We could contend that this main character wasn’t especially likable, and some might argue that upmarket fiction has to have at least one likable character but I don’t know if I agree. Unlikable characters can certainly get book clubs talking; however, the goal is for readers to finish the book—not just buy it—and likability and entertainment value go far in this category. I chose this for my book club and we had a very intense discussion. I loved it.

Lessons in Chemistry is very character-driven. We spend all of our time with Elizabeth Zott but there’s a high-concept element where she talks to her dog, who is named Six-Thirty, and we also get interiority from her dog’s POV. This allows us to feel incredibly close to Elizabeth while also seeing her from another angle even if it isn’t another person, but Six-Thirty.

The book is historical, but simultaneously feels urgent and contemporary. This is common in upmarket fiction. Lessons in Chemistry is tackling sexism in a historical context, but so much of it still feels relevant today, which gives book clubs the opportunity to talk about what’s changed and what’s still the same. It’s a safe space for discussion because it feels distant and close at the same time.

It was a GMA pick and a 2022 Goodreads Choice winner for best debut novel. The Guardian review said Lessons in Chemistry is “a polished, funny, thought-provoking story, wearing its research lightly but confidently, and with sentences so stylishly turned it’s hard to believe it’s a debut.”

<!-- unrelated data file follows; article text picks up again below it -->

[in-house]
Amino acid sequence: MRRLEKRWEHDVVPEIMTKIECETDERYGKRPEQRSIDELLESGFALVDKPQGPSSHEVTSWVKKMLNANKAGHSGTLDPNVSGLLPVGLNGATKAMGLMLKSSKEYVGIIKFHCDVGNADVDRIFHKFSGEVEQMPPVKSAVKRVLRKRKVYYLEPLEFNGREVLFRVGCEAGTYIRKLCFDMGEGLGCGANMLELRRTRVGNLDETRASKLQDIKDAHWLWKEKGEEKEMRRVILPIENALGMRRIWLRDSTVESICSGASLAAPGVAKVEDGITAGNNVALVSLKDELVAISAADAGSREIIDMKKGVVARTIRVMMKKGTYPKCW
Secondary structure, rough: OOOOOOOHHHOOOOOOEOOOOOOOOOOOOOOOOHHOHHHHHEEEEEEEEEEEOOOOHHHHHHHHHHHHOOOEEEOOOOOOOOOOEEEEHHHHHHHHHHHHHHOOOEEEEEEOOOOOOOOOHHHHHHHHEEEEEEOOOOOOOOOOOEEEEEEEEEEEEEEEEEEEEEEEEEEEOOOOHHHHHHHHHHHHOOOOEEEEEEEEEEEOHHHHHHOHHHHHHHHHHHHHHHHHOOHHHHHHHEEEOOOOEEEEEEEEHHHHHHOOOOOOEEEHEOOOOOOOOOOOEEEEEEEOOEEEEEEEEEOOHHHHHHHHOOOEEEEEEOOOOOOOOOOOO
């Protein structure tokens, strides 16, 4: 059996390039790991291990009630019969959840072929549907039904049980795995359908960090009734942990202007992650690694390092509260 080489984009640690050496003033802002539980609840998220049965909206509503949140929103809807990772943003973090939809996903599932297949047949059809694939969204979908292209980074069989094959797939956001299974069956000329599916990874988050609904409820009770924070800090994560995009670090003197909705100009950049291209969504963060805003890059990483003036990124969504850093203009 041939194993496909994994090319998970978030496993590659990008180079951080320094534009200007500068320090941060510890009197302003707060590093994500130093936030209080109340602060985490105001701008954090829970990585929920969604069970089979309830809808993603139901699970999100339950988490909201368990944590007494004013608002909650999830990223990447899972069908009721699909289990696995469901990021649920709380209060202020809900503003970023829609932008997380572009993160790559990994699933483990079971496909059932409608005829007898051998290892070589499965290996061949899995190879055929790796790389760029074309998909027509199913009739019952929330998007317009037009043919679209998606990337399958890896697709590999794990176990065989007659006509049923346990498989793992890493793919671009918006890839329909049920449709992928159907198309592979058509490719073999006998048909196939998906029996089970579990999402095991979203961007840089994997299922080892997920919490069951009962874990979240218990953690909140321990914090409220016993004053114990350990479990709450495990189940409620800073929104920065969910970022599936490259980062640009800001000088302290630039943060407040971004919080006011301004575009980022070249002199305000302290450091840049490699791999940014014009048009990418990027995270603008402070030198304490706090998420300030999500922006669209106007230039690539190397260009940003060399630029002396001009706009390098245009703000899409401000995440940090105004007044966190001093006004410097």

Do you see how each word in that review checks the upmarket boxes?

How do I know if something’s upmarket at first glance?

At the time of this writing, the covers tend to have bright elements, large title text, hidden images or icons if you look closely.

A collage of the following book covers: Sunshine Nails by Mai Nguyen; Where the Forest Meets the Stars by Glendy Vanderah; L.A. Weather by Maria Amparo Escandon; What We Were Promised by Lucy Tan; The Midnight Library by Matt Haig; Counterfeit by Kirstin Chen; We Are Not Like Them by Christine Pride and Jo Piazza; The Other Black Girl by Zakiya Dalila Harris; Remarkably Bright Creatures by Shelby Van Pelt.

Upmarket fiction can published as trade paperback original or hardcover; it depends on the publisher. Some want to capture the trade paperback market and move a lot of units and some want that sturdy hardcover appeal that libraries love and capture a higher price point. These are larger discussions within each imprint.

Finally …

The most important thing to remember is that upmarket fiction operates on a spectrum. Some upmarket books will lean more commercial, and some will lean more literary—all authors tackle these issues in a unique way. In my examples above, some are more commercial/upmarket like Nine Perfect Strangers and some are more literary/upmarket like Fleishman Is in Trouble. These are guidelines, not rules, and I love when I’m proven wrong, but I’ve been doing this thirteen years, sold over one hundred books, and I’m generally pretty right!

I know what I’m going to hear from everyone: “I’m pretty sure all good fiction falls into this upmarket category!” And you know what, they might. I’m very willing to discuss these nuances any time, any place, because that’s what makes good books relevant and keeps us talking about writing, marketing, and packaging. However, as an agent it’s my job to recognize these subtle differences and help place these books with the right editors so they can find readers.

Note from Jane: Explore these ideas more with John Warner: When Upmarket Fiction Doesn’t Work (For Me)